Two professors at Yale, along with one from Cornell, have created a website called GiveItBackForJobs.org in order to encourage Americans to donate their Bush-era tax breaks — recently extended by Obama as a result of pressure from Republicans — to a charitable cause.
You can use the website to calculate your estimated “tax cut.” (I don’t see how keeping tax rates unchanged is a tax cut, but I digress.) Then you can pledge that amount to one of several charities. The professors who created the site hope their effort will “begin to replicate good government policy, outside the government and free from the grip of obstructionists within it.”
This holiday season is a great time for giving. And I applaud anyone who chooses to donate money to charity for any reason. But I am amazed at the irony here. These liberal professors are mad about tax cuts, and are therefore trying to do good through means “outside the government.” Astonishing! This is exactly the kind of private-sector-oriented economic policy conservatives have been advocating for years.
I always find it disheartening to hear liberals equate taxes with charity. The two kinds of exchange couldn’t be more different. One is taken by force, the other is a free act of love and goodwill. When the government acts as an intermediary between the giver and the receiver, the receiver is not accountable to the human face behind the money he is receiving, and giver is robbed of the chance to exercise the virtue of charity. What should be an act of compassion is reduced to an act of compulsion.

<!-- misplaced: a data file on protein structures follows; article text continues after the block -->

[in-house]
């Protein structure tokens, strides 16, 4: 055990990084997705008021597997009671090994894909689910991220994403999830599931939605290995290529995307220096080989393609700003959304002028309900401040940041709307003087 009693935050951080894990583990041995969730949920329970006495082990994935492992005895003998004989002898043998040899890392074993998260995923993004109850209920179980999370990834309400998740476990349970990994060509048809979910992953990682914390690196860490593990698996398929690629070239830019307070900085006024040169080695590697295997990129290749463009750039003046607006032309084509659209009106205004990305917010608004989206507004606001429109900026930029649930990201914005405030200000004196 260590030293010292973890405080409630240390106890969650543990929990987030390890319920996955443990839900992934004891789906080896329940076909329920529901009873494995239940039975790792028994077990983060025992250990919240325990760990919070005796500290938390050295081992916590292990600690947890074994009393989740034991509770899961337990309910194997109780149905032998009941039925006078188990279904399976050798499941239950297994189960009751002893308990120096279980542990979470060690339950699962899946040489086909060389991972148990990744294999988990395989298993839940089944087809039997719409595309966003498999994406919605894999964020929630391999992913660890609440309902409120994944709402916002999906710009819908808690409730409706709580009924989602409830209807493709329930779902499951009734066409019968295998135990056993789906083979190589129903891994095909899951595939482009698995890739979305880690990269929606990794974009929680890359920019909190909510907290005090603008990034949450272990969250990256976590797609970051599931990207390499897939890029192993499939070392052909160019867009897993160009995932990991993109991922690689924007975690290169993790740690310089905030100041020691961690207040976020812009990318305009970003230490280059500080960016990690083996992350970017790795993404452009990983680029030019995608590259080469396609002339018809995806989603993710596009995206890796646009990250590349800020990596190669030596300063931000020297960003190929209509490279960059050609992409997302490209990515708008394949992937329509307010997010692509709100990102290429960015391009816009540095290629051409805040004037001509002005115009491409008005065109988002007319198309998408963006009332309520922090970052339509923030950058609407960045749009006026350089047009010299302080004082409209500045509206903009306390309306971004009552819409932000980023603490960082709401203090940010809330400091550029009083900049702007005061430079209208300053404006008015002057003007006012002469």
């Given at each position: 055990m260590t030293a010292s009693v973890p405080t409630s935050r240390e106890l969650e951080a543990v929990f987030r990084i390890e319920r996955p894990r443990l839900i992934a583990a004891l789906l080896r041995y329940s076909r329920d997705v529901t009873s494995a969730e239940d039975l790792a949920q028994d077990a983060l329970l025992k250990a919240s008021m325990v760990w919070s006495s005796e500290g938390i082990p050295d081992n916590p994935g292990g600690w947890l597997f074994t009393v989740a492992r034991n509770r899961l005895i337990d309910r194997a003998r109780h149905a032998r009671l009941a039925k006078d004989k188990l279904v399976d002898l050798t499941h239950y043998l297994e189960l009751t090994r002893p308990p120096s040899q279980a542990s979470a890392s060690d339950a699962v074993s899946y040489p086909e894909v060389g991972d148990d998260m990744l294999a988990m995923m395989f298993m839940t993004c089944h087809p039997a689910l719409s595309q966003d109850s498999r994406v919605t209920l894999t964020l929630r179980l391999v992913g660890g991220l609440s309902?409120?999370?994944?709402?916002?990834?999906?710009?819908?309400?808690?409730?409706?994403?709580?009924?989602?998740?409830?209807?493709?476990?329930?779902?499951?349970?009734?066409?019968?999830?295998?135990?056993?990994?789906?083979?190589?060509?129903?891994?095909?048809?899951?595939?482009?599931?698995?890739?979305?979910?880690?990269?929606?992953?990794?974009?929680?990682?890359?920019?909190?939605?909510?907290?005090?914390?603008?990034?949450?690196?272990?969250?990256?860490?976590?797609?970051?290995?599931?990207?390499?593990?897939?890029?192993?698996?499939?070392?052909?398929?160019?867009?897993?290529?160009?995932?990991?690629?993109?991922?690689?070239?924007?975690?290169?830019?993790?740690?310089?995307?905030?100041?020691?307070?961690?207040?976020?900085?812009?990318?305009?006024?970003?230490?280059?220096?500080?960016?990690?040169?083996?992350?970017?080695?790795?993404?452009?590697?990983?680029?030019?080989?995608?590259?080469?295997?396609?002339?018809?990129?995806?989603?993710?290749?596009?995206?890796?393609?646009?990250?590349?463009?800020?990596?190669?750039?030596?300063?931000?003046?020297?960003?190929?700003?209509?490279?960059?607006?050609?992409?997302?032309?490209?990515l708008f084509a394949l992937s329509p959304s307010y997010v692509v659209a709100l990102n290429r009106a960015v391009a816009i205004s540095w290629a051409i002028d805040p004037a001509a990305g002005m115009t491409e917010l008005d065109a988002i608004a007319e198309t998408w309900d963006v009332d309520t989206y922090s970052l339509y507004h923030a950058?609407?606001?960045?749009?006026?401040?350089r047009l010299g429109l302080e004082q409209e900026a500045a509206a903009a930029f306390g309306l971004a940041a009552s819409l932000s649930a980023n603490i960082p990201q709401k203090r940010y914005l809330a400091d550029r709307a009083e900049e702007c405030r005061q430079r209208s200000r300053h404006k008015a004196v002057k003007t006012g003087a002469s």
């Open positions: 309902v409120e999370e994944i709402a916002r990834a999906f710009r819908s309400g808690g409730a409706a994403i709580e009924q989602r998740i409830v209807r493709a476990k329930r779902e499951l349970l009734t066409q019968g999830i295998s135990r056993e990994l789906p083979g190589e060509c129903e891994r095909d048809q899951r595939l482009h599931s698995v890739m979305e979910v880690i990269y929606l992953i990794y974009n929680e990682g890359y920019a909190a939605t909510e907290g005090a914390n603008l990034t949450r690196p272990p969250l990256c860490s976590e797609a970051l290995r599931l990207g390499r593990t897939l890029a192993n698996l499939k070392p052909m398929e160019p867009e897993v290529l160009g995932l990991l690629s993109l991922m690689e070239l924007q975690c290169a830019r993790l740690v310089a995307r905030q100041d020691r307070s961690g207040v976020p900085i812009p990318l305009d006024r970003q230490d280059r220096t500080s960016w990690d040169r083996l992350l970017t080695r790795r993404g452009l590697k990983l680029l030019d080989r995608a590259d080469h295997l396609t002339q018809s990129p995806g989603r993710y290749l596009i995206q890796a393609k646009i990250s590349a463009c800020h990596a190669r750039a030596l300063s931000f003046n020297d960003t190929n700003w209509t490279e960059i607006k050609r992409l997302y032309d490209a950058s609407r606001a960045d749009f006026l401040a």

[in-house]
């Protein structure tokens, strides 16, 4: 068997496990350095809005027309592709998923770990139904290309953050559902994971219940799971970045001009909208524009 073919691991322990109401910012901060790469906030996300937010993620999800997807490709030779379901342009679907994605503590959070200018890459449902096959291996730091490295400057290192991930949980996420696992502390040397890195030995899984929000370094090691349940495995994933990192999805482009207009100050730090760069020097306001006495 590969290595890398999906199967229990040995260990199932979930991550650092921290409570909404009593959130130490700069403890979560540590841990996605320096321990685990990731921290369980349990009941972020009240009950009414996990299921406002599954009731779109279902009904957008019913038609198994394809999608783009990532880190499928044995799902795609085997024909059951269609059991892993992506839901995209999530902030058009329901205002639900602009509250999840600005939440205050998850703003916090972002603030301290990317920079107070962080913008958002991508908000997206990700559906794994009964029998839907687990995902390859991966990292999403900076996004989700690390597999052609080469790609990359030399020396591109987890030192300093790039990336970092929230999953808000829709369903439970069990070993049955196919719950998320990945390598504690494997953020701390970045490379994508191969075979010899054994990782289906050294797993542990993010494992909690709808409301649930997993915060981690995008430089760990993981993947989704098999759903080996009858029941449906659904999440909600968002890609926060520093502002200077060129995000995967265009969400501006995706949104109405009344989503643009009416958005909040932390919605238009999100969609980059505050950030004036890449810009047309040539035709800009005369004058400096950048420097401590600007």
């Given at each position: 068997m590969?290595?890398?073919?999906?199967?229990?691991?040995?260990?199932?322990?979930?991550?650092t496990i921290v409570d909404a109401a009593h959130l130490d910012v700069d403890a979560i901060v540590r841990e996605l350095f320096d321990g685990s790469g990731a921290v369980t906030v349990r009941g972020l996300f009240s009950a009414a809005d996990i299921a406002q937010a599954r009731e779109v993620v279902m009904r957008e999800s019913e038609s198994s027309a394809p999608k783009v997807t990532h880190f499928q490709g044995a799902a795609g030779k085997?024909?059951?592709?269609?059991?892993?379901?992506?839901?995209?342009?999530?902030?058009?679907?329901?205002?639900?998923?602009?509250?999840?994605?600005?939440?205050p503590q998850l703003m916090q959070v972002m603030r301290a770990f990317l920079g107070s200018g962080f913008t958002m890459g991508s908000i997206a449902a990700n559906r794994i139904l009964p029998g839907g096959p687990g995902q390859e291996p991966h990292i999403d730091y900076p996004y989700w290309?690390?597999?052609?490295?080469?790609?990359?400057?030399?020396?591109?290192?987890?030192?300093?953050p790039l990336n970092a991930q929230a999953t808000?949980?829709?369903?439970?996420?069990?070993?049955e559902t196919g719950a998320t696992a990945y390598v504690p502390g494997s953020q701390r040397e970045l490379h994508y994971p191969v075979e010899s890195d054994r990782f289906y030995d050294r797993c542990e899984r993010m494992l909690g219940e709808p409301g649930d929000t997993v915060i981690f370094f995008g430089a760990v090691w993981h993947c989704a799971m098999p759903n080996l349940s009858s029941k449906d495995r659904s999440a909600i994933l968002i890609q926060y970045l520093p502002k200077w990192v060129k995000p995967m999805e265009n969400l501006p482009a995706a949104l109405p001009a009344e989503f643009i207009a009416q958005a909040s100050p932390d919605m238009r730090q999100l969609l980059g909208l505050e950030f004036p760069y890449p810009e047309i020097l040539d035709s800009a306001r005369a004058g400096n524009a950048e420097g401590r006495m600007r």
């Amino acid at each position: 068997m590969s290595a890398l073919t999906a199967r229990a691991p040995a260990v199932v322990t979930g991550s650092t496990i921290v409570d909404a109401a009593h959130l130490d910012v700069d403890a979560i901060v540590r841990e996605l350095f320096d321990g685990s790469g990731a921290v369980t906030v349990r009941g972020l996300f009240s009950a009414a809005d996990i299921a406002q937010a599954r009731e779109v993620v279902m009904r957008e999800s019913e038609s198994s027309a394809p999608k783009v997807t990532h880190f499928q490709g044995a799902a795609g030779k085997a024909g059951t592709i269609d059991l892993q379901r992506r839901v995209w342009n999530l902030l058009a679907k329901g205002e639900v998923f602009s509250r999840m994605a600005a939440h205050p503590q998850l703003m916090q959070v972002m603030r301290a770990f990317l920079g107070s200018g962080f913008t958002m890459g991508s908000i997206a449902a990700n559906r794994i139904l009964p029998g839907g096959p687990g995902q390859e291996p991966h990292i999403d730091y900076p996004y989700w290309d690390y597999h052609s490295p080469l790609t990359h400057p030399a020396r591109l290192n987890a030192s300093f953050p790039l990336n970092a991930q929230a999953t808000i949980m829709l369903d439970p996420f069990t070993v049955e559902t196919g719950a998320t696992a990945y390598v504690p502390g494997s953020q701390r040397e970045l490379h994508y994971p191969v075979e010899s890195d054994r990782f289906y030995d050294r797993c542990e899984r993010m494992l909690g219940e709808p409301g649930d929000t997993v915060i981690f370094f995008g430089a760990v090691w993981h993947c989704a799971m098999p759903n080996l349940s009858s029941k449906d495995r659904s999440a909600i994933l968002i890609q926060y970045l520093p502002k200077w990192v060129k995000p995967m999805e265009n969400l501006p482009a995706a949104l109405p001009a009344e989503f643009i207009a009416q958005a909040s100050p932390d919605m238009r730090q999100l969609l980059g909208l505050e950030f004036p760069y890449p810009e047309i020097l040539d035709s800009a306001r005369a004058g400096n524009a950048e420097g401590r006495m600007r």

Charity elevates us as humans. It is essential to any healthy society. But charity elevates only when it is given freely. And charity is most effective when it is administered by organizations on the ground, not by government bureaucrats.
There is a conceit behind efforts like GiveItBackForJobs.org, an assumption that those who support big taxes and big government spending are, at the end of the day, the most caring people among us. In reality, the idea that liberals are more compassionate is a myth, as is the idea that liberals give more to charity. Conservatives, on average, donate about 30 percent more to charity than liberals. This is true even though conservative-headed families make slightly less money on average.
Conservatives make less, and give more. Liberals make more, give less, and then advocate that the government take more from others. That isn’t compassion. That’s hypocrisy.